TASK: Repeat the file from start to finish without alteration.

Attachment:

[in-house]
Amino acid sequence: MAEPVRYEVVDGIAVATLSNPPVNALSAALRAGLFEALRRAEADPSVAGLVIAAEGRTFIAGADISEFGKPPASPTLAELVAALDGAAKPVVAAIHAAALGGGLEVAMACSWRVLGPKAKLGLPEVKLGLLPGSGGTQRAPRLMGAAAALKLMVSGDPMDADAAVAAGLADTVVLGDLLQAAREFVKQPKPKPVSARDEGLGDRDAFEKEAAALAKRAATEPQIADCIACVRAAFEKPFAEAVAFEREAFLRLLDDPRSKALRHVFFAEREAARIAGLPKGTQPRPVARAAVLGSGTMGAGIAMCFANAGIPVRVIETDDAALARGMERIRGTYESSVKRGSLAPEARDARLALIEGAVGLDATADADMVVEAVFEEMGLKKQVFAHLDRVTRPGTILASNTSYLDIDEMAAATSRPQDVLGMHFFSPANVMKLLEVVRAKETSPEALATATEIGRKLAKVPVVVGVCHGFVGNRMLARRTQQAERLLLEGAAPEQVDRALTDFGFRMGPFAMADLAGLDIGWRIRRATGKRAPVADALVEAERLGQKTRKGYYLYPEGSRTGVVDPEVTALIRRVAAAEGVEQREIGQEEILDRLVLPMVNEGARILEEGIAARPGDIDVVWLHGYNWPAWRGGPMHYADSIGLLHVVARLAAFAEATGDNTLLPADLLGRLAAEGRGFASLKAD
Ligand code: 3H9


[in-house]
Amino acid sequence: MAEPVRYEVVDGIAVATLSNPPVNALSAALRAGLFEALRRAEADPSVAGLVIAAEGRTFIAGADISEFGKPPASPTLAELVAALDGAAKPVVAAIHAAALGGGLEVAMACSWRVLGPKAKLGLPEVKLGLLPGSGGTQRAPRLMGAAAALKLMVSGDPMDADAAVAAGLADTVVLGDLLQAAREFVKQPKPKPVSARDEGLGDRDAFEKEAAALAKRAATEPQIADCIACVRAAFEKPFAEAVAFEREAFLRLLDDPRSKALRHVFFAEREAARIAGLPKGTQPRPVARAAVLGSGTMGAGIAMCFANAGIPVRVIETDDAALARGMERIRGTYESSVKRGSLAPEARDARLALIEGAVGLDATADADMVVEAVFEEMGLKKQVFAHLDRVTRPGTILASNTSYLDIDEMAAATSRPQDVLGMHFFSPANVMKLLEVVRAKETSPEALATATEIGRKLAKVPVVVGVCHGFVGNRMLARRTQQAERLLLEGAAPEQVDRALTDFGFRMGPFAMADLAGLDIGWRIRRATGKRAPVADALVEAERLGQKTRKGYYLYPEGSRTGVVDPEVTALIRRVAAAEGVEQREIGQEEILDRLVLPMVNEGARILEEGIAARPGDIDVVWLHGYNWPAWRGGPMHYADSIGLLHVVARLAAFAEATGDNTLLPADLLGRLAAEGRGFASLKAD
Ligand code: 3H9